How To Be A Responsible Pet Owner: The Ultimate Guide To Pet Adoption 2023

by Suzie Cyrenne July 14, 2023 8 min read

1 Comment

Woman and her dog looking at the camera.

More often than not, a huge number of people only care about the benefits of owning a pet and fail to prepare themselves for the responsibilities of taking care of their new furry friend. Lots of kudos and thanks for reading this pet mom or dad!

Quick Guidelines for Responsible Pet Ownership

Owner playing fetch with her dog

Some people think that being a pet parent simply means dressing up the animal in cute outfits plus a bit of grooming here and there. But the thing is it's a serious commitment that only a few people with loving hearts are capable of.

So how does one become an awesome pet parent? Are you on a search for a guide to qualify as one? You bet there are and we've got you covered! Below are the 10 commandments awesome pet owners adhere to when it comes to giving adoptable animals the best quality of life:


#1. Thou Shall Give Respect

cat playing

Whether you've adopted a dog, cat or some other pet from an animal shelter or rescue, treating your new furry friend with respect is the first step to giving them a loving home. Remember that it's not about getting the right pet, but being the right person for the job.

Raquel Hartzell of Rocky Mountain Feline Rescue shares that besides helping you set your expectations to a reasonable level, respecting an animal also motivates you to find out more about how to best care for it and address its needs.



#2 - Thou Shall Provide Your Pet with Food, Shelter, and Affection

Human feeding her dog

Being a responsible pet owner or pet parent means providing for the animal’s basic needs. That means food, water, shelter, social interaction, and growth. For more about this and other basic pet care responsibilities for new pet parents, see the chapter on Pet Care installment of The Ultimate Guide to Pet Adoption series.

#3 - Thou Shall Train and Discipline Your Pet Lovingly

Cat inside the box

There can be times when some pet parents feels bad about having to discipline their pet, thinking that they may be too harsh. As long as you don’t physically hurt or harm your pet by beating, starving, withholding affection for long periods, and punishing the pet for things it cannot control, then you are in good shape. Animals need structure and you are responsible for providing your pet that structure.

The right way of training and disciplining a pet is by being respectful of its limitations and being consistent with rules. Just remember that compassion and patience go a long way, just the same as what K9 Jack of LongShot Farms, Christa McElroy of Tri Country Collie Rescue, and Bonney Williams of Etosha Rescue and Adoption Center plus several other animal experts have shared with us.

#4 - Thou Shall Protect Your Pet from Harm

Woman kissing her dog

Protecting your pet from harm also means pet proofing your home so that the animal cannot eat something or do something that may harm it. This also includes not placing the pet in situations which may cause it harm. Example: If you have a dog, chaining it in the backyard when you live in bear or wolf country is NOT advisable.

Protecting your pet from harm also means pet proofing your home so that the animal cannot eat something or do something which may harm it. This also includes not placing the pet in situations which may cause it harm. Example, if you have a dog, chaining it in the backyard when you live in bear or wolf country is not advisable.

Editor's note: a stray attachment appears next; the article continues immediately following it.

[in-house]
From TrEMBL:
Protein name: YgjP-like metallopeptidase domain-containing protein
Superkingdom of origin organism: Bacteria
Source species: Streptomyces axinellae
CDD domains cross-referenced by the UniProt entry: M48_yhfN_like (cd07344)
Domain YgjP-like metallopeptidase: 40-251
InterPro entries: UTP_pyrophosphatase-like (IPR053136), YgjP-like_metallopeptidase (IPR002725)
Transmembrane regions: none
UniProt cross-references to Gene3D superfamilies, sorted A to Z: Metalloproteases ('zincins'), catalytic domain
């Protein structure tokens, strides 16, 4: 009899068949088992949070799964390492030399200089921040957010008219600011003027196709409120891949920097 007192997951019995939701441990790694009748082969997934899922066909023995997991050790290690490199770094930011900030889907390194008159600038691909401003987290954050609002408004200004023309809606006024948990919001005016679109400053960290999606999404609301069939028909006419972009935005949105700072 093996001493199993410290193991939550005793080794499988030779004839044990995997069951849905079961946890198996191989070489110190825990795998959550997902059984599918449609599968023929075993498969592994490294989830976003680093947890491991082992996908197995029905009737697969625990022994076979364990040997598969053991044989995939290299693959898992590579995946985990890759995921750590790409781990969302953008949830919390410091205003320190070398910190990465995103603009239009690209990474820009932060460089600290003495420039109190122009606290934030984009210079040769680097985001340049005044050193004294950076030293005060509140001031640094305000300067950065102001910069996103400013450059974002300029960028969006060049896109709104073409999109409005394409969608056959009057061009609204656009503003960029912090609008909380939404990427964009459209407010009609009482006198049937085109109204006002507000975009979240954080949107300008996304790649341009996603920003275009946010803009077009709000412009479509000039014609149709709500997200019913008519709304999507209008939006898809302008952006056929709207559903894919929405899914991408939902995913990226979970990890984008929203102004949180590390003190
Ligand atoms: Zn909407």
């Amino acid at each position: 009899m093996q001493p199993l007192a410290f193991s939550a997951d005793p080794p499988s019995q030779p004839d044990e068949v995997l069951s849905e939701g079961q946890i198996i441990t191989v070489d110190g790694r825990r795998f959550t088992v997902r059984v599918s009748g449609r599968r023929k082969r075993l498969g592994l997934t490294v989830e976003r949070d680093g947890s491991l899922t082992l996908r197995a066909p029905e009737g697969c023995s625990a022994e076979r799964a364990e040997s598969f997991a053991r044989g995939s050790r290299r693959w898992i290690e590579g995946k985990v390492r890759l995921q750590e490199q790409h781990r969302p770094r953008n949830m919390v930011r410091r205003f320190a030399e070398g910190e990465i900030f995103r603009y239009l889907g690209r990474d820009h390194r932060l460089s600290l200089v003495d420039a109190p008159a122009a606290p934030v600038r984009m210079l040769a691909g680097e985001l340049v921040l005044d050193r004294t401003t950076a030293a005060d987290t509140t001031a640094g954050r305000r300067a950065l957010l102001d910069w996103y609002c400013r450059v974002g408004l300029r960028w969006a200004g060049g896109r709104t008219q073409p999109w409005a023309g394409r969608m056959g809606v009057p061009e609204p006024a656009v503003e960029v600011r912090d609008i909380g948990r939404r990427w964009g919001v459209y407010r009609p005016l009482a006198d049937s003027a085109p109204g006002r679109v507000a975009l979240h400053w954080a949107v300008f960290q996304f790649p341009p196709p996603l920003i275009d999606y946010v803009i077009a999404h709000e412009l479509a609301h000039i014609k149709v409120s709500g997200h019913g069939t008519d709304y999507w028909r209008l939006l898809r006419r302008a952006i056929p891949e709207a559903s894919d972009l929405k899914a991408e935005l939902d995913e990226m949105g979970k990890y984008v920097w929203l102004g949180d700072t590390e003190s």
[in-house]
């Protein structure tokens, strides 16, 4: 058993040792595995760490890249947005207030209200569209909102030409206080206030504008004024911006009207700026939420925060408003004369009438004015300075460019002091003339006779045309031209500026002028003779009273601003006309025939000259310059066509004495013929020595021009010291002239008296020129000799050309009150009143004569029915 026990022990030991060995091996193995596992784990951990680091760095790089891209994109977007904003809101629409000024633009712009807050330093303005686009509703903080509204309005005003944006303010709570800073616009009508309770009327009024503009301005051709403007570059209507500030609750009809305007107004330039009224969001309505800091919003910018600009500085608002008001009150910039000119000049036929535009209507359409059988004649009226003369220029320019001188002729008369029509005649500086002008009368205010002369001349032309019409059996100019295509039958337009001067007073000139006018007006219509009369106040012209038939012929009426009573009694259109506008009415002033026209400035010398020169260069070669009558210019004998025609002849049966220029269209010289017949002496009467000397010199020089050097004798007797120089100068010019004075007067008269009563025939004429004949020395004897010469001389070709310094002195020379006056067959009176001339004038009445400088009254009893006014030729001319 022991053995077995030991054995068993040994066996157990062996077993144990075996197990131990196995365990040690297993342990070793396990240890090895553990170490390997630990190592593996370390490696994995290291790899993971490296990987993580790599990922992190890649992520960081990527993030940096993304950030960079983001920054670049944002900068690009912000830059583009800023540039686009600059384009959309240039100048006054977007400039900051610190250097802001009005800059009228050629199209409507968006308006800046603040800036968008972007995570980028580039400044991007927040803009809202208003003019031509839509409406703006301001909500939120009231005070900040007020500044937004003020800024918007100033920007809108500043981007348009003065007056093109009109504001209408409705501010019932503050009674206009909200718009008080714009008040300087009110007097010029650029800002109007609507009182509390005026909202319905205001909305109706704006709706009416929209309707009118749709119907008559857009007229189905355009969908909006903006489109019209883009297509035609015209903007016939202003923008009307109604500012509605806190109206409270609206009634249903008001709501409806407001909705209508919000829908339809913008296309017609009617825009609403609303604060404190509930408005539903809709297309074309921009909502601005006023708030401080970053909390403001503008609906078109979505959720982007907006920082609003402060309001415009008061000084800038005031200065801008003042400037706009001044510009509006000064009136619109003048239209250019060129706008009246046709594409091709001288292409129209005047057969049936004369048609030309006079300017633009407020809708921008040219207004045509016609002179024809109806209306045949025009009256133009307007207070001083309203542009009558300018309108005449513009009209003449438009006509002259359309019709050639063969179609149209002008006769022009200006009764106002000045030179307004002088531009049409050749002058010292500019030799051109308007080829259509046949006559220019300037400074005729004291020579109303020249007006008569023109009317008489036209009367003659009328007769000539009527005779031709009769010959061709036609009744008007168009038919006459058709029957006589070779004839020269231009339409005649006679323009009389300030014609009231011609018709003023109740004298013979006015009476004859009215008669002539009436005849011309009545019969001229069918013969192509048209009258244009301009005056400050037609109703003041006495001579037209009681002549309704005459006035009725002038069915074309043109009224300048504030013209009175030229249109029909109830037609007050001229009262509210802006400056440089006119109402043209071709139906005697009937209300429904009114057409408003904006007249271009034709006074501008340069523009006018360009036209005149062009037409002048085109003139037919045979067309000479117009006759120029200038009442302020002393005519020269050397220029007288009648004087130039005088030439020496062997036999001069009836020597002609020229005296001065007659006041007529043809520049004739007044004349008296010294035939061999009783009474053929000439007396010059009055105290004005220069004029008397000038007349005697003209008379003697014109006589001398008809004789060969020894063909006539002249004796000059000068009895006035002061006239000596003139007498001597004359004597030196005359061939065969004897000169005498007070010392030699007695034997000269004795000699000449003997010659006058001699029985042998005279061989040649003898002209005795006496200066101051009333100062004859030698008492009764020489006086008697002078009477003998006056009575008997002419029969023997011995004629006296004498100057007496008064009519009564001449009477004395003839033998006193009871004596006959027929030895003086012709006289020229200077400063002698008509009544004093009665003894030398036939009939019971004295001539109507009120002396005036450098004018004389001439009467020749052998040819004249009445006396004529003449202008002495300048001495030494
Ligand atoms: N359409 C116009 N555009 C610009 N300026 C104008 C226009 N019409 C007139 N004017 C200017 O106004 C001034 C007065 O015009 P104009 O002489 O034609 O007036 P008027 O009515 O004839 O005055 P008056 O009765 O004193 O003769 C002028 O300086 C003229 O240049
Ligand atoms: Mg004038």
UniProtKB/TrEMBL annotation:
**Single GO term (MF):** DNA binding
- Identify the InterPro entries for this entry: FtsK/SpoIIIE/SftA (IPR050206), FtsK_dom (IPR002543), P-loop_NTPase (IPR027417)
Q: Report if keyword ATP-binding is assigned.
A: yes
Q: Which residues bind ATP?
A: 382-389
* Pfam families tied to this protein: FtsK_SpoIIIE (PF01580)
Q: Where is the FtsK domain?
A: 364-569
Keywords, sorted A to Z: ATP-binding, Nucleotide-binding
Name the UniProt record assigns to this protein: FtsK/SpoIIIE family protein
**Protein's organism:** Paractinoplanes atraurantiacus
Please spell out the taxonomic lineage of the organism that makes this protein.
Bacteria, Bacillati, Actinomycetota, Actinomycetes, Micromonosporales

Exercise common sense to be a responsible pet parent and fully protect your pet from harm. What do we mean? If you know that eating too much of a certain food may cause health problems, then stop yourself from giving the pet that food no matter how much it begs.

As a pet parent, it is your responsibility to do the thinking for your pet – and yes, even when it gives you the hard-to-resist puppy-dog eyes!

#5 - Thou Shall Bring Your Pet the Vet for a Checkup When Needed

Veterinarian checking the dog

There is no excuse for not bringing your pet to a vet if something seems off. Sure, finances can be tight sometimes but there are also ways to get around that. Some communities may have free clinics or can offer discounted rates for vet care. At the very least, you would know how your pet is doing by consulting a vet. In case something is indeed wrong, you will at least know which options you have. You may even find it beneficial to try more natural forms of healing such as homeopathic products.

#6 - Thou Shall Strive To Make The Best Choices For Your Pet’s Health

Woman kissing her cat

There are so many trends when it comes to pet health that it is often too easy to join the band wagon and go with what’s popular instead of what’s right. To do what’s right, read up, do your research, and try to keep things to a minimum. For example, there is no need to give the pet supplements, vitamins, and some vaccines if they are not mandatory or if there is no real need to begin with. In other words, don’t try to fix what isn’t broken.

We all want our pets to be as healthy as they can be. Oftentimes, the best way to achieve that is to go back to basics and try to stay away from unnecessary procedures like de-clawing, excessive vaccinations, and tail docking and so on. Even modern-medicine approved procedures can do more harm than good in the long run; even more so if they have not been studied extensively to rule out any harmful effects (example of this with some vaccines).

Try to address all aspects of your pet’s health. This means taking care of not just the physical needs but also making sure that the pet gets proper social interaction, play time, and yes, even some learning! Be informed and be open. Be observant and be loving. In the end, what your pet needs is a loving pet parent who would be his or her advocate in every way, especially when it comes to health.

#7 - Thou Shall Ensure That Your Pet Is Spayed or Neutered

Veterinarians checking the dog